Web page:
Changes on Comet 67P/C-G

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Cool image time! Below the fold are two images taken by Rosetta of the smooth boulder-strewn area on Comet 67P/C-G called Imhotep, which has been featured many times by the Rosetta science team. The image on the left was taken October 26, 2014 soon after the spacecraft’s arrival at the comet. The image on the right was taken August 17, 2016, almost two years later after it had completed its close approach to the Sun. With both images I have cropped them and reduced their resolution to fit here. With the more recent image I have also stretched it horizontally to better match it to the older image.

The point? The giant boulders on this smooth region act as markers so that we can more easily compare the region and see how it has changed with time. The newer image clearly shows a loss of material from the surface, with the depressions in the smooth areas having grown much larger and in some areas much deeper. At the same time, there has been a softening in some of the edges between the lower and higher areas, especially in the middle of the smooth region.

What will happen here in the future? It appears that the smooth area is actually pond of dust that is slowly evaporating away with each close approach to the Sun, leaving behind the solid bedrock pinnacles within it that only appear as boulders because they are mostly buried. Eventually, when the dust is gone, some of those pinnacles will break away as well.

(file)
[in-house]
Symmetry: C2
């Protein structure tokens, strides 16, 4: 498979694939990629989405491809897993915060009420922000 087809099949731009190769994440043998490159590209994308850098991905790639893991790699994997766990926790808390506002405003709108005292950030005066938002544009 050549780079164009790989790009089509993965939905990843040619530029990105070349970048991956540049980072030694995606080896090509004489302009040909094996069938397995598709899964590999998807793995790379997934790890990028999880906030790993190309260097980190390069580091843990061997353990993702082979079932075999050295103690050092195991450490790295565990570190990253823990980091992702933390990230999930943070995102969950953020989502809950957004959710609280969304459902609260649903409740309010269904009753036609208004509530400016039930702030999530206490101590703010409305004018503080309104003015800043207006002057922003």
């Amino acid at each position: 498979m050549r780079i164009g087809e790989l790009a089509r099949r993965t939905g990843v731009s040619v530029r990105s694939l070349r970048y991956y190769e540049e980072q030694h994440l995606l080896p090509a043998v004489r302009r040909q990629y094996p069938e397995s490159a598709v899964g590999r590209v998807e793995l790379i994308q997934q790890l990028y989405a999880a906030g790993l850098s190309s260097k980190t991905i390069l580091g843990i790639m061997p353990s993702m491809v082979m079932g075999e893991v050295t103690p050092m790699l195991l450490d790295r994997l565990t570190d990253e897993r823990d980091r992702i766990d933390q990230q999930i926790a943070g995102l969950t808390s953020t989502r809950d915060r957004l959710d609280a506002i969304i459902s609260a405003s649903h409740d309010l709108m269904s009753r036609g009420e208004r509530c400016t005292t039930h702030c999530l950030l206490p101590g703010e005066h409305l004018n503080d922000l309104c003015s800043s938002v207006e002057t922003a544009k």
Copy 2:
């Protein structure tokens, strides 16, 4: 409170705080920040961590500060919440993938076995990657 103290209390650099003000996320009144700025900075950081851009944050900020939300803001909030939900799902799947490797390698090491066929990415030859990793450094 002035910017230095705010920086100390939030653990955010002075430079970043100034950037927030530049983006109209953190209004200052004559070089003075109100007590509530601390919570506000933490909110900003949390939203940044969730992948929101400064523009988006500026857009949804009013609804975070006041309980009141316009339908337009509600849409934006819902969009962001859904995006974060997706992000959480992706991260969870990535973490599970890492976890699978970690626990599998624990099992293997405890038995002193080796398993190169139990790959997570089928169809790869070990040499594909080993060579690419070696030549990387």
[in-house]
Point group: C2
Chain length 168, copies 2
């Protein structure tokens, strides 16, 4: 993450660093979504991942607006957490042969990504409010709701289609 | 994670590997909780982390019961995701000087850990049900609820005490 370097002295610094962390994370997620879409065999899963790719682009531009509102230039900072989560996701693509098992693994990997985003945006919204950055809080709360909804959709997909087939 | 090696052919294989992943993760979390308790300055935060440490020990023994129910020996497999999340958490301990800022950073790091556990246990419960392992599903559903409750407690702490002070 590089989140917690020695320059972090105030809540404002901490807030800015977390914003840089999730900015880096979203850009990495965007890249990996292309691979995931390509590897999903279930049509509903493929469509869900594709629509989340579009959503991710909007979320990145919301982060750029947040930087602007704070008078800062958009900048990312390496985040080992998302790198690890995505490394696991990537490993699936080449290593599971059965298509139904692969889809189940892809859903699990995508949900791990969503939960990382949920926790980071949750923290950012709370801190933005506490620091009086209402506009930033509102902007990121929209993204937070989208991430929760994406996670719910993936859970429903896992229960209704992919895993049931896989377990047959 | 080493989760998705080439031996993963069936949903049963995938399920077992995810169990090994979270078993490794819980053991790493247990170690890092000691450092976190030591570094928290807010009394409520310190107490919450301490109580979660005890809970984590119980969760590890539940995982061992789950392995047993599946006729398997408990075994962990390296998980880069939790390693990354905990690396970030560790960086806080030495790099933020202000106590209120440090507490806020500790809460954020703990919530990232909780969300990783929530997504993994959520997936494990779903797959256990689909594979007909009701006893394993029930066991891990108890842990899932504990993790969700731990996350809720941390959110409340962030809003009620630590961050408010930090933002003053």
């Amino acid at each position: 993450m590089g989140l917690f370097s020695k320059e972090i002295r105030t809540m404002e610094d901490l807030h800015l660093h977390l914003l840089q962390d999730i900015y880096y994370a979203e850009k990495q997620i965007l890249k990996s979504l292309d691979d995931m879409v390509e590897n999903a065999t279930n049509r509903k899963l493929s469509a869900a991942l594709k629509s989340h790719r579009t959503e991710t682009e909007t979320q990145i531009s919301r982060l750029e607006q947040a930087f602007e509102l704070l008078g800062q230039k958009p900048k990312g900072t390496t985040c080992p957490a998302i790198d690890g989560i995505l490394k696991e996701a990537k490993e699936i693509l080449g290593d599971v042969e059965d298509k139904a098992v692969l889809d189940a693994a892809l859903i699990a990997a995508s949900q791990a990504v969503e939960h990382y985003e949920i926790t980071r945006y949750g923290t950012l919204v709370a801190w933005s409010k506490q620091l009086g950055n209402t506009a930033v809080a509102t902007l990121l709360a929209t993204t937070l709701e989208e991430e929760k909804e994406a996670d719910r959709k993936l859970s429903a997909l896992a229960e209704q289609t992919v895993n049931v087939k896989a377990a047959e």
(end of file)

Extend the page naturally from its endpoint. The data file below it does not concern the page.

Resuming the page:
Changes on Imhotep on Comet 67P


  • Localfluff

    Where the crust is thin enough, and enough exposed to sunshine during the orbital seasons and rotational period, the subsurface volatiles are being boiled until they break out in a burst. The volatiles evaporate and leave the comet while the remaining dust slowly rains down to form such dust ponds. Almost like sand dunes shaped by an atmospheric wind. Because of the milligravity environment, boulders are dust covered blocks of ices which form by being thrown out from the boiling subsurface during such bursts. The comet accumulates a thicker and thicker cover of dust while the volatiles below the surface boil off out of different hot spots. Finally, the dust cover will isolate the entire surface from heating and stop any further outbursts. Until the comet passes nearby Jupiter again and reduces its orbit’s perihelion, like it did as late as in the 1950s, which has reactivated the comet since then. It is transformed into a block of mixed ices covered by a pitch black crust of non-volatile materials.

    Picking up one of those fluffy ice boulders would turn it into a tiny comet that boils from within and spews out dust and gravel as it is exposed to Sunlight from earlier shadowed angles. Astronauts could get surprised if dealing with it manually. Pockets of volatiles inside of it would form bubbles of vapor that burst out of the shell for a few seconds to minutes. I suppose most asteroids were formed dry inside of the frost line, which the Main Belt happens to straddle, while others are inactivated comets with a highly volatile but thermally isolated core and mantle after having formed in the icy outer Solar System.

    To mine a comet, one just puts a heated tube through its fluffy surface dust and it will be like an oil gusher. Extracted from the inside like a drilled oil well, rather than doing open pit mining.

  • Dick Eagleson

    You may well be correct on all points. I’m guessing its the asteroid miners who will find out first.

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